• Innovation authors and academics – Again those who have a ‘Rock’n’Roll outlook’ on the subject – Brian Clegg, Tom Peters, Adrian Furnham et al are on my list of suspects here.

Innovation Excellence is also open to sponsors who wish to help build the best educational resource in the world for innovation.  Contact me via e-mail at to see what’s on offer.

So, in the warped words of the hymn “Come all ye faithful … and also a healthy dose of firestarters …”  Drop me a line and let’s see if we can create a guest article or interview.

Speaking of firestarters, time to finish with a bit of that…


Innovation Excellence and all that jazz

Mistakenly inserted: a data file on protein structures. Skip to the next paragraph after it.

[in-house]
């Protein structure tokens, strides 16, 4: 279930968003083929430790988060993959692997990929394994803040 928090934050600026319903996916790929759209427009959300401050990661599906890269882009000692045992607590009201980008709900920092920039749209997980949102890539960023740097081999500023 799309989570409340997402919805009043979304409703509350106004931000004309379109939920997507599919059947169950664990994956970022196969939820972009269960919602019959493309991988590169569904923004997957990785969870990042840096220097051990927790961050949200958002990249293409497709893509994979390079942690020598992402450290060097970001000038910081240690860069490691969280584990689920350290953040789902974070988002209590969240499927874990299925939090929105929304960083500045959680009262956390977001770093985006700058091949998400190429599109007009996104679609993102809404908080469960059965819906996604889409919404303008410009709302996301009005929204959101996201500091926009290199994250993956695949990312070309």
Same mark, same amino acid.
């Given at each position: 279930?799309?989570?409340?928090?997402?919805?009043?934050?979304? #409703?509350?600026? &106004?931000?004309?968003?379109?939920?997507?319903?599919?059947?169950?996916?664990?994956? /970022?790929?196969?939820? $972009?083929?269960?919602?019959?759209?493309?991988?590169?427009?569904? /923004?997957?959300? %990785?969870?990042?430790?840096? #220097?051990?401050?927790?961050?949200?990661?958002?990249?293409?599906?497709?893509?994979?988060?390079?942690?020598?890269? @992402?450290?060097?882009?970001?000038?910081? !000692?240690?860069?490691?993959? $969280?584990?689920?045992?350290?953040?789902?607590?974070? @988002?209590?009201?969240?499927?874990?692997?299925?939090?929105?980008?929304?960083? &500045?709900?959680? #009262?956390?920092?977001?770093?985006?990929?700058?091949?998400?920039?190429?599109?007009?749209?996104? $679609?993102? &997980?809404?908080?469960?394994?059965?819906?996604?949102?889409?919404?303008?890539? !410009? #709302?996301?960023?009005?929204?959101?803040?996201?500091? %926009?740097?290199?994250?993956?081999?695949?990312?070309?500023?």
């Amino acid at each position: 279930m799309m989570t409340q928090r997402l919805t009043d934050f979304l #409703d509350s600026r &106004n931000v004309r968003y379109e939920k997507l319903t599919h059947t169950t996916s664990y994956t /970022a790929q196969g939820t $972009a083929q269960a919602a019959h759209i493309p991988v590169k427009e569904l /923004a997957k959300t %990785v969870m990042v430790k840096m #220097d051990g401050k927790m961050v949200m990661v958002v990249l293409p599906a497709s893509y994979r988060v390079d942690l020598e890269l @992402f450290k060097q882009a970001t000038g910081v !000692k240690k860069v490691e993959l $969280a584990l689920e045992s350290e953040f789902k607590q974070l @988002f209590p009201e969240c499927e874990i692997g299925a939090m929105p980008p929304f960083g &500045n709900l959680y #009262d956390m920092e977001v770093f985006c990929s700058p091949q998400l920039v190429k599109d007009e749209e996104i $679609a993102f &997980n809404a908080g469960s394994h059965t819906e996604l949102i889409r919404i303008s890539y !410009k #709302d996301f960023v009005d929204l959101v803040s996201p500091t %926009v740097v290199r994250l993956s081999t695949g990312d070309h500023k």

This week, I’m offering you a business parable about jazz and innovation excellence.  As a generalisation, it probably works, although jazz is an enormous genre, so feel free to agree / disagree / extend the story as you wish.  It was written about 13 years ago for my 1st book Best Practice Creativity, and has resurfaced recently, since a University academic published an article on jazz and business in The Guardian.  If you enjoy this post you may also enjoy related posts on Innovation and The Flow and Jazz.

Let’s warm up with a bit of Herbie Hancock:

The Jazz Band – a metaphor for more innovative organisations

The Jazz band is a loose association of individuals that need no sheet music, since they share a common love for the music, achieved by careful selection of musicians, based on ability and empathy within and on the edge of the band’s style. There is scope for musicians to ‘blow their own trumpets’, whilst recognising the need for the ‘solos’ to be consistent with the overall musical direction.